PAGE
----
The Nigerian naira weakened slightly on Thursday, staying below the central bank's new target band, as the government slashed the oil price assumed in its 2015 budget for the second time in a month.
The naira is under pressure as falling global oil prices have depressed Nigeria's foreign reserves and the central bank is struggling to keep the currency in a new target band set last week when it devalued the currency by 8 percent to protect its reserves.
On Thursday, the finance ministry said it had cut its oil price forecast on which its 2015 budget is based by 11 percent to $65 a barrel from $73, in light of lower world oil prices.
The naira closed at 180.10 naira to the dollar, staying outside the new target range of 160-176 naira to the dollar, and weakening slightly from 179.90 at Wednesday's close.
Dealers said trade was calmer on Thursday after the central bank intervened three times on Wednesday to lift the currency nearer to the target band. For the first time since the devaluation on Tuesday last week, the central bank did not intervene on Thursday to support the naira, but dealers said that did not necessarily mean that pressure on the currency was easing.
Nigeria, Africa's top oil producer, counts on oil sales for 95 percent of its foreign reserves, which fell to $36.8 billion by Nov. 28 from $44.6 billion a year earlier, according to latest central bank data.
The cut in the government's oil benchmark was the second in a month, from an original estimate of $78 a barrel. Brent crude continued to fall on world markets, slipping below $69 a barrel on Thursday.
A much lower oil price will make it harder for Nigeria's government to meet its spending plans next year, stretching its already shaky finances.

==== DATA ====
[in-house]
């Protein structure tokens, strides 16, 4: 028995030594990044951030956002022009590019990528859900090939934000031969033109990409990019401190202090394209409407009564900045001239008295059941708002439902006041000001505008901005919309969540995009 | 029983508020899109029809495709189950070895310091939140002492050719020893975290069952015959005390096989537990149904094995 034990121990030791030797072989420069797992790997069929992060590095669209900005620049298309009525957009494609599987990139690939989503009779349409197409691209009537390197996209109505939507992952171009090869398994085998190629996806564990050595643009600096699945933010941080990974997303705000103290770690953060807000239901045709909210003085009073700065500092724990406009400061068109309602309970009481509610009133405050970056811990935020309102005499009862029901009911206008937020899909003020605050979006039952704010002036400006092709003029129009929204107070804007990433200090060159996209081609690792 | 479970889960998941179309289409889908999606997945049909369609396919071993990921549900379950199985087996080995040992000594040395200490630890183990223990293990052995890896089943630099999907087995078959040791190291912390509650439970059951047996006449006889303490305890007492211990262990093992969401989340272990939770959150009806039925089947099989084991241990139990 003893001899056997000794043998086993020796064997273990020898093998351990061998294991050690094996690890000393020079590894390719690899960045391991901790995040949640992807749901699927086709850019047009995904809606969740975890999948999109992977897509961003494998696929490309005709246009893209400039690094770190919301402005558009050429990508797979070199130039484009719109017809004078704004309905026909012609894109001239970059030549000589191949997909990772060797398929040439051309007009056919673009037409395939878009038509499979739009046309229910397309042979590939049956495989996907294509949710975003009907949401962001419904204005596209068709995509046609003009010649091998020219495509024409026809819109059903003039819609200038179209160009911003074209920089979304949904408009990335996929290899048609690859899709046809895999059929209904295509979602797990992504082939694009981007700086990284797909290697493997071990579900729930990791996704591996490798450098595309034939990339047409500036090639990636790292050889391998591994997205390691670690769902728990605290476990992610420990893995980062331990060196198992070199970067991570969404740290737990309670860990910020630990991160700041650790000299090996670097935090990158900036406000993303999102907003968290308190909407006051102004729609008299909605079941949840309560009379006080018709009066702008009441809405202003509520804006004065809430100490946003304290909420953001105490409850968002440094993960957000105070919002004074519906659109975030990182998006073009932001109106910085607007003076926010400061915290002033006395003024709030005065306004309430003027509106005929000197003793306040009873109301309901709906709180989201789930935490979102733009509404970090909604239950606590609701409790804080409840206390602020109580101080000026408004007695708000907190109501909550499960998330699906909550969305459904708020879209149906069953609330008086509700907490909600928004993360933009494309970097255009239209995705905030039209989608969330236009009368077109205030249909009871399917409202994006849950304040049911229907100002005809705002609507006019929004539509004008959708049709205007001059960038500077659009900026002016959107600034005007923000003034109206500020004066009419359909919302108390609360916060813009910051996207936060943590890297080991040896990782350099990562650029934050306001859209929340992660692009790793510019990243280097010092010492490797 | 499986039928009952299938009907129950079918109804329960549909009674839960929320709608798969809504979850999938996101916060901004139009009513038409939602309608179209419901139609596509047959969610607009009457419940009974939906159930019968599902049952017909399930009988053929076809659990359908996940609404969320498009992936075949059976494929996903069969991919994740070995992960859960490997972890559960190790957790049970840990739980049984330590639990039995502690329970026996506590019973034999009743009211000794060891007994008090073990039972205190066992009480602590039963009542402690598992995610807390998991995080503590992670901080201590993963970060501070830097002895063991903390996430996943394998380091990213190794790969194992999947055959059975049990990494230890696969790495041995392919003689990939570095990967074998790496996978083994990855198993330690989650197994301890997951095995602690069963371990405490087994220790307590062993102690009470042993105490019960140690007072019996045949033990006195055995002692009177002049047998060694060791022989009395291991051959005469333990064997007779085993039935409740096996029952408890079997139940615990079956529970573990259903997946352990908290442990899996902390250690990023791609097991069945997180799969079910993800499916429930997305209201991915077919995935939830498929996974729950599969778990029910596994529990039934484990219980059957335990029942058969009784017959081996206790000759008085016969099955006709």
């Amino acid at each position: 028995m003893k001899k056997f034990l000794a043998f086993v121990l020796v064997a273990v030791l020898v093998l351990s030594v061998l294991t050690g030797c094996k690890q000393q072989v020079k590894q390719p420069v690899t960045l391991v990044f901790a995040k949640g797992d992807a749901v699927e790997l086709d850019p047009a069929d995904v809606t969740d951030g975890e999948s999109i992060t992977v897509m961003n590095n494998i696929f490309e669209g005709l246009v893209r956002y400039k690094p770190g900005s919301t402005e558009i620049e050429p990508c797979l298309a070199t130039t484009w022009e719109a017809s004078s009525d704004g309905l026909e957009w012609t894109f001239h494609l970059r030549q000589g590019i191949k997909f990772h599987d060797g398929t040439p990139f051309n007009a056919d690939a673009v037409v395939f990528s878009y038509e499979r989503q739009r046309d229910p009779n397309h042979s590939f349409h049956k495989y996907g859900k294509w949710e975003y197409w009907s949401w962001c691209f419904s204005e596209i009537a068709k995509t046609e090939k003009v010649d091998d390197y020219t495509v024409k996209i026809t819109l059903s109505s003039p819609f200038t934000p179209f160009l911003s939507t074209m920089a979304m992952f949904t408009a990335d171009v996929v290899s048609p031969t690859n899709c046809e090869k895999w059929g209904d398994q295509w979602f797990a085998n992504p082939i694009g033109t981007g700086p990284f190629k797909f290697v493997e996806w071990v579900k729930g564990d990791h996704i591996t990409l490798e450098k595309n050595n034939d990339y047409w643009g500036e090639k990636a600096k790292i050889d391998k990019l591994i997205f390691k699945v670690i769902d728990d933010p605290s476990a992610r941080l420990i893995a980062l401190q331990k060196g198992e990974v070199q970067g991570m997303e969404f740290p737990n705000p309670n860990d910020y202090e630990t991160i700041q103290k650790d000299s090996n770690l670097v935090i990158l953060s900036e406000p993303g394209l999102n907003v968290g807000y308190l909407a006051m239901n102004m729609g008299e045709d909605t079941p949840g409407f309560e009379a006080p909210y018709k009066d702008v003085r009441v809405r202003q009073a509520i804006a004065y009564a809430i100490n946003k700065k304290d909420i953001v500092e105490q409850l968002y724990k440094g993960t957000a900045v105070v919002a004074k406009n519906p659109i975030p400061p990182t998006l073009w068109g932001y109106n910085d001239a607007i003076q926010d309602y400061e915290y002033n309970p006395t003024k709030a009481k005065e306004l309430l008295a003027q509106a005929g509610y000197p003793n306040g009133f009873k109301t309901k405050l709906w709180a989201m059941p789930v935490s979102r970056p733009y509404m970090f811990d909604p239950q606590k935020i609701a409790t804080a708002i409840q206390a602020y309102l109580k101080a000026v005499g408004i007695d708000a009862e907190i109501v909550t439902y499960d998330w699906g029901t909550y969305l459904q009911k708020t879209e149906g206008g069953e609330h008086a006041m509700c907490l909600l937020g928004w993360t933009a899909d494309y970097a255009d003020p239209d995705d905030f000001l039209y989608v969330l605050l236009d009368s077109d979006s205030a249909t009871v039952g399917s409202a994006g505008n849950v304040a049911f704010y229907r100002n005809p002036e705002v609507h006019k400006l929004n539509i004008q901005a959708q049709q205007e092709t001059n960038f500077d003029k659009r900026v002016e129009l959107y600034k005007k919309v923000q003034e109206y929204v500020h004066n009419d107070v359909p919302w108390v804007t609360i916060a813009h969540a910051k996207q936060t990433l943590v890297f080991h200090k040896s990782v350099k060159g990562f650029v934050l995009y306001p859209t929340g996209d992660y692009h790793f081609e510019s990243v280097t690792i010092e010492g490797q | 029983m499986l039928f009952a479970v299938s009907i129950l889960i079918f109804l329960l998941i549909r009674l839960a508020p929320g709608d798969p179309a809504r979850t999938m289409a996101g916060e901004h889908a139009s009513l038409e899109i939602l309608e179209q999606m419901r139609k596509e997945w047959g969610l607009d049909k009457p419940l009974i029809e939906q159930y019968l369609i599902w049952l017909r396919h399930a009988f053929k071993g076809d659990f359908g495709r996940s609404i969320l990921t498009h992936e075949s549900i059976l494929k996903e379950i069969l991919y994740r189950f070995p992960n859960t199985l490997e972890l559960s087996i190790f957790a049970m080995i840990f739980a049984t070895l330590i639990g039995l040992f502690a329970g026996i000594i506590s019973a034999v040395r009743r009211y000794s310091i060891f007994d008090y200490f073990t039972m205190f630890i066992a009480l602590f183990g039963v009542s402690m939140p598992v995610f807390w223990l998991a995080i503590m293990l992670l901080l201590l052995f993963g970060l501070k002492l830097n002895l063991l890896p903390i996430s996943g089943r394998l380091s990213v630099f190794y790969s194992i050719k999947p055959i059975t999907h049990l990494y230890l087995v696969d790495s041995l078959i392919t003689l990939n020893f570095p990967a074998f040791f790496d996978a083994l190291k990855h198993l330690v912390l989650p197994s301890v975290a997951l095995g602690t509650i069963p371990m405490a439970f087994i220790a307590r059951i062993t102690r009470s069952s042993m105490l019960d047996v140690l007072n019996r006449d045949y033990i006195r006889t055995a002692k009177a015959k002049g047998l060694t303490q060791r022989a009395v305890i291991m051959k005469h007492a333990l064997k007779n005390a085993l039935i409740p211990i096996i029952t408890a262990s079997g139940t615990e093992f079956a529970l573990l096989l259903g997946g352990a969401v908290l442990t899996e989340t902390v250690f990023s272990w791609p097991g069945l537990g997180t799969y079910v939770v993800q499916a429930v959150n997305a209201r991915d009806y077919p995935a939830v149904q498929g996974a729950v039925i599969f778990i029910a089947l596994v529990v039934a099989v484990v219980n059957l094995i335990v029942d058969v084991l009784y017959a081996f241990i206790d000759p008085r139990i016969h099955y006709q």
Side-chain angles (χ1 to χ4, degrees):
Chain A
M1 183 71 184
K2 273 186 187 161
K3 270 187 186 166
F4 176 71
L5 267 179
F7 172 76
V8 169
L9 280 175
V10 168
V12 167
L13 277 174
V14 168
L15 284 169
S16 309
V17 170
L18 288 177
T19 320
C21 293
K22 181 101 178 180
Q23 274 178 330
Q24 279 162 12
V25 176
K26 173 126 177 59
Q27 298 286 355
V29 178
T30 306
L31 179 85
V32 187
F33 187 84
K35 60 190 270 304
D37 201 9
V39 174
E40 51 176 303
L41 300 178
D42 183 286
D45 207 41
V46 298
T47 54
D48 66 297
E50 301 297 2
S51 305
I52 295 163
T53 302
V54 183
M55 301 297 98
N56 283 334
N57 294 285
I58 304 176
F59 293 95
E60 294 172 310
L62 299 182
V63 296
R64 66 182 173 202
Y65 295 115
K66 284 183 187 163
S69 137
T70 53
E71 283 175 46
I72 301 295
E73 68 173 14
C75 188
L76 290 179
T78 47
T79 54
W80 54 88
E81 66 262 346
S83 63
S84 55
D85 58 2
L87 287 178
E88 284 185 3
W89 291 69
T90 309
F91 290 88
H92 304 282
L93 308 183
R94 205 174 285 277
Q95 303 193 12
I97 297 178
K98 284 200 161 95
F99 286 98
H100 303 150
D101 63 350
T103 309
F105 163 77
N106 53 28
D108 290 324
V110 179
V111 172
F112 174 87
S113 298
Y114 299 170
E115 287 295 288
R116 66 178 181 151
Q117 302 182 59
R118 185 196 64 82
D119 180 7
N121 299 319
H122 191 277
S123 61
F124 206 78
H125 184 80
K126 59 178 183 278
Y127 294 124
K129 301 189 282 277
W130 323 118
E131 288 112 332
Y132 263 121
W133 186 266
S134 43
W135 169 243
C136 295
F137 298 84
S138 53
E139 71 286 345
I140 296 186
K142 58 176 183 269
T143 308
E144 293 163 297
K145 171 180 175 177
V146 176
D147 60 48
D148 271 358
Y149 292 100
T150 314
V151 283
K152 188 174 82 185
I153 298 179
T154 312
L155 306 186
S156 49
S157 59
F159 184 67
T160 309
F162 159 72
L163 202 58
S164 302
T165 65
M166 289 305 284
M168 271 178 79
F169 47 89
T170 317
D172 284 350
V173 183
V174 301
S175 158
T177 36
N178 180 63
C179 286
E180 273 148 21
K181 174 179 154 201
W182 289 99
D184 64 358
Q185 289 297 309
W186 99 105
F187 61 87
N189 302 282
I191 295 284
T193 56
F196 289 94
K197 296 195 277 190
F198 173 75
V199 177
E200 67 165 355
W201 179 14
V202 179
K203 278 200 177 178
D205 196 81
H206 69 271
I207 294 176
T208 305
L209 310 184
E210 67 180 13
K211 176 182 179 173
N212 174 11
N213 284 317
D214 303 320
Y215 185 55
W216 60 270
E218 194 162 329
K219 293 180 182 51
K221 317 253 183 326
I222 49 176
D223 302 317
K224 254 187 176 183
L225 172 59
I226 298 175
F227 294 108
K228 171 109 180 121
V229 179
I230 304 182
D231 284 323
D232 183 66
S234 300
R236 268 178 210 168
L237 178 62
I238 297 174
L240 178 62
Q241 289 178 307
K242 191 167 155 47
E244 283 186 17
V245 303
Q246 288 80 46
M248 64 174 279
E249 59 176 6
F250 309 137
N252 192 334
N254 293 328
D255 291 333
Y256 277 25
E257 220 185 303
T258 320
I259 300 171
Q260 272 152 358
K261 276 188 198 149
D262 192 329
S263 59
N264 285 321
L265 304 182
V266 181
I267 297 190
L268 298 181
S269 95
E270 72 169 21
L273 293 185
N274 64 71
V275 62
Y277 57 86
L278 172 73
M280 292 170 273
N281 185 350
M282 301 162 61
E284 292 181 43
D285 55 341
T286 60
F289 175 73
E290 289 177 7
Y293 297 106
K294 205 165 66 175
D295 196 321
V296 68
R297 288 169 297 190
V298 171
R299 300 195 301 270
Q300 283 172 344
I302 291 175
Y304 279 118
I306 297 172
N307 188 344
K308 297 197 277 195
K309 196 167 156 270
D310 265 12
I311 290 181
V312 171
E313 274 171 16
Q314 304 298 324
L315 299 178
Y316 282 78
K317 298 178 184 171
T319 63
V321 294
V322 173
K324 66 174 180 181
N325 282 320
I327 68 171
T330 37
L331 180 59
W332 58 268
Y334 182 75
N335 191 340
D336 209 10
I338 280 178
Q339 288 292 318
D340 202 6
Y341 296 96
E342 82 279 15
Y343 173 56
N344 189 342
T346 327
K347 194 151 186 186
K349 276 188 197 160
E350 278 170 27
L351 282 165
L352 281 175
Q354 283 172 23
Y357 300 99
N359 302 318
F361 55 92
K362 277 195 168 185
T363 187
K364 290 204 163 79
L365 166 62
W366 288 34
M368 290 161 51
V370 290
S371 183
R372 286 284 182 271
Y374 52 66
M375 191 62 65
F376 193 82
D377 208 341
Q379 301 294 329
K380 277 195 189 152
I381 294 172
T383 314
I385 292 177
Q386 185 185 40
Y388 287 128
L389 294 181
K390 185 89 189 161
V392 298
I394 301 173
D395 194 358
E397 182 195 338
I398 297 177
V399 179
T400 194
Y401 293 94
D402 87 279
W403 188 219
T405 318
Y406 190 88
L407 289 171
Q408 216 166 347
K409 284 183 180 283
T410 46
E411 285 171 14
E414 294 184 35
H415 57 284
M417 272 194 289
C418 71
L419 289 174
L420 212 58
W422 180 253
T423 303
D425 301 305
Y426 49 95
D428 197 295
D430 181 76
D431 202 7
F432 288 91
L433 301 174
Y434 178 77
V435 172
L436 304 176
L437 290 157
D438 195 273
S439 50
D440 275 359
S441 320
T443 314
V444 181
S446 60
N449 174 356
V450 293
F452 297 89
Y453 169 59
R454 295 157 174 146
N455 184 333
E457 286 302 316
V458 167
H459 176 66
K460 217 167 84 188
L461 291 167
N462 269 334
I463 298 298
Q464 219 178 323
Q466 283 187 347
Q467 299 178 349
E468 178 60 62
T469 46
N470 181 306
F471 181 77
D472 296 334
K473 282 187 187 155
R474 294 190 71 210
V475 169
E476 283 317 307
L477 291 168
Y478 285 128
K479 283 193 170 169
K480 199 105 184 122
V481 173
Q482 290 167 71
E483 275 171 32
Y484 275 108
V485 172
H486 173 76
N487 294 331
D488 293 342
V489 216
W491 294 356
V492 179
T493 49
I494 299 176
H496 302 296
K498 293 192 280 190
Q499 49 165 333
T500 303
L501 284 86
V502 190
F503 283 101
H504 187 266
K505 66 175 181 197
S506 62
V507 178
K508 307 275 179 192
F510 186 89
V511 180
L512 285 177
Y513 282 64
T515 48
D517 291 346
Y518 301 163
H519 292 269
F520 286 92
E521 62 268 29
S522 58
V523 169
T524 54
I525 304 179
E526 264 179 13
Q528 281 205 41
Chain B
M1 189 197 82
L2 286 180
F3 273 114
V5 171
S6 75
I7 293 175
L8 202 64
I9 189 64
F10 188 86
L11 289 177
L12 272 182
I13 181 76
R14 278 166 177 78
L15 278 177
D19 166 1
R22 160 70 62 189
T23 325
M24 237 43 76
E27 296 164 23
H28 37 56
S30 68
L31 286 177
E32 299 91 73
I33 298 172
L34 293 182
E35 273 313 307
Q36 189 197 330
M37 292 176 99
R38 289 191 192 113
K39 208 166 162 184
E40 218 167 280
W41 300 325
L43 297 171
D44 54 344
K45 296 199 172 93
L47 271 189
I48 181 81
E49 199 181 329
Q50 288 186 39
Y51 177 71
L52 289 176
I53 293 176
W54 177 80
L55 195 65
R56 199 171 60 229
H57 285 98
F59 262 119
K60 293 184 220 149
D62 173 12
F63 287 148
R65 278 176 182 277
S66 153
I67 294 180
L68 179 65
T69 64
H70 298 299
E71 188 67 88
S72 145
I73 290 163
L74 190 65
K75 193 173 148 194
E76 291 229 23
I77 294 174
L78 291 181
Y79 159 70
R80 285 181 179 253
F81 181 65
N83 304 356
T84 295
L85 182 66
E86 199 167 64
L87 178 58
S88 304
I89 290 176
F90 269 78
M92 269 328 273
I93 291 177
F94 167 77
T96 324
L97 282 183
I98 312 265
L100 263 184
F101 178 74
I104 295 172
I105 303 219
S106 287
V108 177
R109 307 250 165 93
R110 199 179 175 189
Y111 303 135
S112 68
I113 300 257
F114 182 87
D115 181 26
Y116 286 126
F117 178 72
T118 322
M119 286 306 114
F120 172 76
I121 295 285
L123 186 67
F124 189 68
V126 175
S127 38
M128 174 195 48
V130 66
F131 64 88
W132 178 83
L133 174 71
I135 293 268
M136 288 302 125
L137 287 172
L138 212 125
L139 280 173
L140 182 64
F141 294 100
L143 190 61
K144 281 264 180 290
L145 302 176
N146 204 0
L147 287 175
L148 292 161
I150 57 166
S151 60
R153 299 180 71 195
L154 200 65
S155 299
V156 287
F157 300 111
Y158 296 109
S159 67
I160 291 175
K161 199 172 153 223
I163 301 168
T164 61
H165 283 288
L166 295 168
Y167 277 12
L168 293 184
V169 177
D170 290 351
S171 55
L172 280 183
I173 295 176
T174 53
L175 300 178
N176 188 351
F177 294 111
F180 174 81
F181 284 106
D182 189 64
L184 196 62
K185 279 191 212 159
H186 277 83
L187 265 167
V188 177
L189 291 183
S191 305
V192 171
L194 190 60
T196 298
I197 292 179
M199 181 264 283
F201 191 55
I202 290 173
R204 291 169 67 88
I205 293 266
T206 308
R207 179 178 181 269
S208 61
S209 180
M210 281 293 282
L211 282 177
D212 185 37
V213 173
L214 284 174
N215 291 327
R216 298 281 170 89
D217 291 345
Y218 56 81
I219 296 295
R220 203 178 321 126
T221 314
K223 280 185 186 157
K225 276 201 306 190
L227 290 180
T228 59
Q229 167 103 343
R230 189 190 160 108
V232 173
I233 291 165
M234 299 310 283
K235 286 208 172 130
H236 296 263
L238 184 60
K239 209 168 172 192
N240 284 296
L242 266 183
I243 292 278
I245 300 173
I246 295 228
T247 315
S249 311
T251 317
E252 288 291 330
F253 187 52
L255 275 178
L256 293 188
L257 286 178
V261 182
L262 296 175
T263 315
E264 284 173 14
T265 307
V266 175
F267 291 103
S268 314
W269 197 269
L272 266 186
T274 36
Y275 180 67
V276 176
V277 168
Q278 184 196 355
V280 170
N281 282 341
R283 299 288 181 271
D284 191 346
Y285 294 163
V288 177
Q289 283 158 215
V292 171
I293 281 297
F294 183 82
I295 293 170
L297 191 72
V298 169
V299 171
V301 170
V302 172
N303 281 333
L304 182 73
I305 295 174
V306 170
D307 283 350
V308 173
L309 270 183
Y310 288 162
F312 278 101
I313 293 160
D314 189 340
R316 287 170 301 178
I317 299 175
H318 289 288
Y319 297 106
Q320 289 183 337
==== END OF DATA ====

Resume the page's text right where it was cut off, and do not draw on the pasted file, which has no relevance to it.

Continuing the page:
Other oil exporting countries including Russia and Mexico have also said they expect oil prices to be lower next year than assumed in their budgets, which may be revised.
For Nigeria, fiscal problems risk reigniting inflation, which has been relatively stable at around 8 percent, and are a headache for President Goodluck Jonathan as he seeks a second term in a presidential election in February.
Nigeria depends on oil for around 75-80 percent of government revenues and its finances have been hammered by a more than 30 percent drop in oil prices since June.
Finance Minister Ngozi Okonjo-Iweala has said Nigeria still has funds to pay salaries and keep debt obligations, but with crude likely to fall, the government would increase taxes on luxury items and ban non-essential government travel to cut expenditure.
Analysts, however, said Nigeria's new oil price benchmark of $65 a barrel was workable. A Reuters poll forecasts Brent will average $82.50 a barrel in 2015.
"It ($65) is definitely more realistic," said Bismarck Rewane, CEO of Lagos-based consultancy Financial Derivatives, adding that at about $12 lower than the actual "gives them more headroom."
"But the next question is: what are you going to give up, from a long list of expenditure items, especially in the run up to the election? That's where the real trick will be."
The allure of Africa's biggest economy to foreign investors has been growing, especially for buyers of its attractively priced debt, but they worry about its tendency to squander its oil windfall in bloated government spending and patronage.
Nigeria's oil money is distributed between three tiers of government -- local, state and federal. The federal budget usually assumes a conservative benchmark price, so money over and above that is deposited into an oil savings account.
Okonjo-Iweala has sought to keep the benchmark low and accumulate savings, but the Excess Crude Account (ECA) has nonetheless declined by billions of dollars to around $4 billion over the past two years even while oil prices were at record highs, partly because of distributions to powerful governors.